As for food shopping, the couple places grocery store orders online that get delivered. If they want to pick out their own food, they head to a nearby convenience store, which Thomas says has remained well stocked. But it's not selling anything fresh.

"The 7-Eleven right downstairs has those little packaged kimchi, and that was really scratching my fresh vegetable itch for a while," Thomas says.

He says they're lucky because their apartment building has no confirmed coronavirus cases, so residents can actually go outside. Some buildings are completely locked down. But the couple plays it safe and rarely leaves, maybe once every other day. Thomas says that when they do go outside, they see only "a couple of people" on the streets.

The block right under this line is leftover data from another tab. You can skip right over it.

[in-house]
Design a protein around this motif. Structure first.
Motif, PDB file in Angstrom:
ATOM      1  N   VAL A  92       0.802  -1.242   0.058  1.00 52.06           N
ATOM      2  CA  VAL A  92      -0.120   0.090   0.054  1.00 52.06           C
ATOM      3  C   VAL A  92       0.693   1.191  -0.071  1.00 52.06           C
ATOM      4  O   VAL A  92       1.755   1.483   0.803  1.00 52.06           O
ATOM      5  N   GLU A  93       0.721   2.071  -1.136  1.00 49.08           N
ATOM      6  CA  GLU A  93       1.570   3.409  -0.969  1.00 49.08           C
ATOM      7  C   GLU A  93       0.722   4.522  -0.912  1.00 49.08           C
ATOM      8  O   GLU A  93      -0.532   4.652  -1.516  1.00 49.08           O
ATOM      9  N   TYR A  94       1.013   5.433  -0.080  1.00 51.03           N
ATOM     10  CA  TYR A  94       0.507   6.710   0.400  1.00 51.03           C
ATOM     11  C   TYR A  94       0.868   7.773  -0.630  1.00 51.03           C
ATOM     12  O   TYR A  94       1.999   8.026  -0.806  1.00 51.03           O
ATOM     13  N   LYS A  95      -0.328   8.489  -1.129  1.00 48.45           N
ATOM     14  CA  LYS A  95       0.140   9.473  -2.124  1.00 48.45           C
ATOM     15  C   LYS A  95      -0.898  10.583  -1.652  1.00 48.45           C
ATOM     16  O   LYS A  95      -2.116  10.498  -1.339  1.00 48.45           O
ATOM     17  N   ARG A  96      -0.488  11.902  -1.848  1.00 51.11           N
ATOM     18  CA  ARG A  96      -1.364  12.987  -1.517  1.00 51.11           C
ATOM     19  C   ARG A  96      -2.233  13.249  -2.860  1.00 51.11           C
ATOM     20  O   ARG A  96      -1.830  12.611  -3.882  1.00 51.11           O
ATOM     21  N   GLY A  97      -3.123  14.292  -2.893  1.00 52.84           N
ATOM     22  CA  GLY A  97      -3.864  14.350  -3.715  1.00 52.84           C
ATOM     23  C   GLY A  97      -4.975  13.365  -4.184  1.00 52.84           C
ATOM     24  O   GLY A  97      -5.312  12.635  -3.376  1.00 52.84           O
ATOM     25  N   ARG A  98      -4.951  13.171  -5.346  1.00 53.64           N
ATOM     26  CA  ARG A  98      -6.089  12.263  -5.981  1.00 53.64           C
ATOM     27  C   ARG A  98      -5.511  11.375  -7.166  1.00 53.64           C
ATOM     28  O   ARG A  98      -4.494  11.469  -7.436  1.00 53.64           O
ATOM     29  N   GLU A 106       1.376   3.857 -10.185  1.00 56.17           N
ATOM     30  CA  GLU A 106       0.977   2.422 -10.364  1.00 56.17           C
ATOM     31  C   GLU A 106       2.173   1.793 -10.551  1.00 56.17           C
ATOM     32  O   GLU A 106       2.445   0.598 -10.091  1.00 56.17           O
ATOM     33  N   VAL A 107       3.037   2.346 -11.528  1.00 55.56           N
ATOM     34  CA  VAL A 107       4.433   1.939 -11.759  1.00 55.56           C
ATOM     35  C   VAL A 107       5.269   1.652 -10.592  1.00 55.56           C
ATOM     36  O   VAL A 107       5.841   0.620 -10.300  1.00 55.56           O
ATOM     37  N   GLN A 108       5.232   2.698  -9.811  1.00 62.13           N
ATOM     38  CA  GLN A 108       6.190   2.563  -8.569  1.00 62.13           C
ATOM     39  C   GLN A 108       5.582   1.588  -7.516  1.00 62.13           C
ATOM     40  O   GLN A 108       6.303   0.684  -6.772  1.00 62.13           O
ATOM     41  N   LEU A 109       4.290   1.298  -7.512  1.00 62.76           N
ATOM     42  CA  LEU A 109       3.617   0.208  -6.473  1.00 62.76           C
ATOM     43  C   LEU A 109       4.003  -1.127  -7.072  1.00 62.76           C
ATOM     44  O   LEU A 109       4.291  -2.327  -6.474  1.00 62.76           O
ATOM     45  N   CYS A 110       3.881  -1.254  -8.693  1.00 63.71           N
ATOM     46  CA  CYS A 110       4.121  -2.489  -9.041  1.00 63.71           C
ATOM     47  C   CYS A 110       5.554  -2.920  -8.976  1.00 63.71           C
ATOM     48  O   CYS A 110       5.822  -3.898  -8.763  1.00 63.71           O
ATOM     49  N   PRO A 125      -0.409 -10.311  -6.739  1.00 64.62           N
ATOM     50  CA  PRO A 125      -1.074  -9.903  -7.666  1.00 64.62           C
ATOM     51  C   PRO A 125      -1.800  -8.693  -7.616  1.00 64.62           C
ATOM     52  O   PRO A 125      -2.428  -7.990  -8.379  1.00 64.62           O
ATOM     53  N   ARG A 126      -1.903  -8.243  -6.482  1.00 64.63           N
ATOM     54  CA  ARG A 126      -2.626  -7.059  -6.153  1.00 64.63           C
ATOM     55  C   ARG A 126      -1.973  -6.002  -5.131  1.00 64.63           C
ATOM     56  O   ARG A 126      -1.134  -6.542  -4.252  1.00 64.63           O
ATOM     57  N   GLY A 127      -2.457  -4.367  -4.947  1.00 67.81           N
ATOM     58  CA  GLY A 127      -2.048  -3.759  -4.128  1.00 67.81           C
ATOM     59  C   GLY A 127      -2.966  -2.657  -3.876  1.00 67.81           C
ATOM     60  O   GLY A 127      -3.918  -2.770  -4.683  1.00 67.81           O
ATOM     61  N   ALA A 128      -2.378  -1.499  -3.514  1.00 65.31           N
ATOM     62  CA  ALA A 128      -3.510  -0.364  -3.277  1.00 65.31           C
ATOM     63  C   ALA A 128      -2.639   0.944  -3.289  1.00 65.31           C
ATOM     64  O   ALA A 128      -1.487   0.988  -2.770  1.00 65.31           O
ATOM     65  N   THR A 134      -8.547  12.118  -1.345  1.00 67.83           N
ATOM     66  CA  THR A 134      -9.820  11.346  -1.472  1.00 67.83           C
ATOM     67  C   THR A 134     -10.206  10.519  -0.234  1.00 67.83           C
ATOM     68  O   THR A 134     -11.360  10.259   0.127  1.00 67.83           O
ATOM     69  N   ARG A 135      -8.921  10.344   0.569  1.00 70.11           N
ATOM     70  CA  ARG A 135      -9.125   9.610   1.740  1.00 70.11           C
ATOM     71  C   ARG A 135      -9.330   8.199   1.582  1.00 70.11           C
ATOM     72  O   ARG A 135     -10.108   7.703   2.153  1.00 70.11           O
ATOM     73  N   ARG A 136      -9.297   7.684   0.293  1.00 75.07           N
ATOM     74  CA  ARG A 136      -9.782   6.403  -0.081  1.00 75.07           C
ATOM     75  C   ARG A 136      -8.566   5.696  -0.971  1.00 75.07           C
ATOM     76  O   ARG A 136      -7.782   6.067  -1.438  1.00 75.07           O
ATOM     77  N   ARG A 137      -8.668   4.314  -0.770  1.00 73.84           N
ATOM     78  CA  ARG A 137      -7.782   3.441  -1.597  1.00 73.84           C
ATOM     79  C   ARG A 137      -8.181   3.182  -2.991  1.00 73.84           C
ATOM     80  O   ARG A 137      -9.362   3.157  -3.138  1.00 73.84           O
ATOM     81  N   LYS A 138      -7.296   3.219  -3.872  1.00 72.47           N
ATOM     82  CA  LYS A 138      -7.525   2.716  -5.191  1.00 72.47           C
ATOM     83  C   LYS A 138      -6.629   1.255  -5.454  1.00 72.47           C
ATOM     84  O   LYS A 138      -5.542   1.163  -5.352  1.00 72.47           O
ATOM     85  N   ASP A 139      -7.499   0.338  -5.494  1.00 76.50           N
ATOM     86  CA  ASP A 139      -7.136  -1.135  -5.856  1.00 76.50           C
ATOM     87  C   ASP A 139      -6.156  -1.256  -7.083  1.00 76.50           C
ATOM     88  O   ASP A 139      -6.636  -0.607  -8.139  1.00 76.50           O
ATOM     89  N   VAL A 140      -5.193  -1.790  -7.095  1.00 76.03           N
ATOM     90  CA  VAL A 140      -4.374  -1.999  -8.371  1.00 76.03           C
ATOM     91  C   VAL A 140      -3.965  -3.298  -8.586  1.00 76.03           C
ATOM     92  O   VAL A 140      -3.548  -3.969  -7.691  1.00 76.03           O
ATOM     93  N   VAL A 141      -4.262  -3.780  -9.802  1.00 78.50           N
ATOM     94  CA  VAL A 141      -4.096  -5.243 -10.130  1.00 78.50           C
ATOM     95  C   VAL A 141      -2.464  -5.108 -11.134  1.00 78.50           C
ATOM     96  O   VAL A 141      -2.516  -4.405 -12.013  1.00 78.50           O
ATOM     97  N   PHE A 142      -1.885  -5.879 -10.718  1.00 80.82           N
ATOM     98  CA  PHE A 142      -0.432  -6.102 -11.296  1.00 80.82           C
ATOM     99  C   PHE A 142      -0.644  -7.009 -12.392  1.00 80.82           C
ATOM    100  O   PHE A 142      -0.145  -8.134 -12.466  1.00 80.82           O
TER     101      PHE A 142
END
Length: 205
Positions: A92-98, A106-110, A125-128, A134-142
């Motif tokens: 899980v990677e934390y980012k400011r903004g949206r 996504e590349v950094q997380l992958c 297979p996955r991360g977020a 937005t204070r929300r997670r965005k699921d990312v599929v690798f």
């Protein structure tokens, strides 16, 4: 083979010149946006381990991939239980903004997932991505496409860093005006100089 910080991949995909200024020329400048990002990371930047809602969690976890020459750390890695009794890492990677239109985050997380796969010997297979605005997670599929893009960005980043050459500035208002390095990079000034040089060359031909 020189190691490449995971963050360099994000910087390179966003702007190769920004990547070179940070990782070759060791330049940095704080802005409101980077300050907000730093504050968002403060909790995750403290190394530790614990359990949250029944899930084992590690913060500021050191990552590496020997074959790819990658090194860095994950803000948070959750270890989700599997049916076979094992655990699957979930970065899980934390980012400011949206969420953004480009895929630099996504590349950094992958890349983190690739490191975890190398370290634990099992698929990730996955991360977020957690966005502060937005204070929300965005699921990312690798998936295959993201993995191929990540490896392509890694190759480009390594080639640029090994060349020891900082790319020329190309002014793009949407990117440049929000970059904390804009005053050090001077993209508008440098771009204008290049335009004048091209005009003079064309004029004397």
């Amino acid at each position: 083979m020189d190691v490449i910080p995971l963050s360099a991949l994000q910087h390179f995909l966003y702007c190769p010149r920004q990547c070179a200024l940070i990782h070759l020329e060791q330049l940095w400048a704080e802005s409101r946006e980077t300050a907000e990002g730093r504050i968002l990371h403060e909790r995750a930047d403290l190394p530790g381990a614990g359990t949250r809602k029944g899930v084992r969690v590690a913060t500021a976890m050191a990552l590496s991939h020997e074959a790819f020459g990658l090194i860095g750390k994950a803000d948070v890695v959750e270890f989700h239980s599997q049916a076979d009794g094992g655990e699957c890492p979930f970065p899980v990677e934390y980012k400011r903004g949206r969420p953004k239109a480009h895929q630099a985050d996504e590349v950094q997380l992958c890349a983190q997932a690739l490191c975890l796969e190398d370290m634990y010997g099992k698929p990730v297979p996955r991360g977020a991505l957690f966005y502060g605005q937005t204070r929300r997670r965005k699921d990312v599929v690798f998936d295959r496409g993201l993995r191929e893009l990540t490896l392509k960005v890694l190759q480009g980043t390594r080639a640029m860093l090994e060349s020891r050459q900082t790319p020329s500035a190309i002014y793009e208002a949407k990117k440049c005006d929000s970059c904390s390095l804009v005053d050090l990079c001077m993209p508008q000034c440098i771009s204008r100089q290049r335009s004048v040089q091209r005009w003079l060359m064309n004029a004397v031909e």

Thomas and Li hope that for those in China who can see the couple's posts, they will be inspired to eat well with limited ingredients. But the two are also hopeful that the end of the quarantine is near. Thomas says outdoor markets with fresh vegetables have begun to reopen in Shunde.

"The first shipment from the market was like a breath of fresh air," Thomas said.

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NOEL KING, HOST:

In cities across China, restaurants and cafes have been closed for weeks; same thing with open-air markets, where people buy meat and vegetables. So the only place to buy food is at the grocery store, but that has its limits.

CHRISTOPHER THOMAS: When the news originally hit, it was very difficult to get fresh vegetables.

DAVID GREENE, HOST:

That's Christopher Thomas. He writes a food blog along with his fiancee Stephanie Li.

STEPHANIE LI: No, you don't buy vegetables every day now. Your kind of only option's the supermarket. But supermarkets', like, vegetables really run out fast.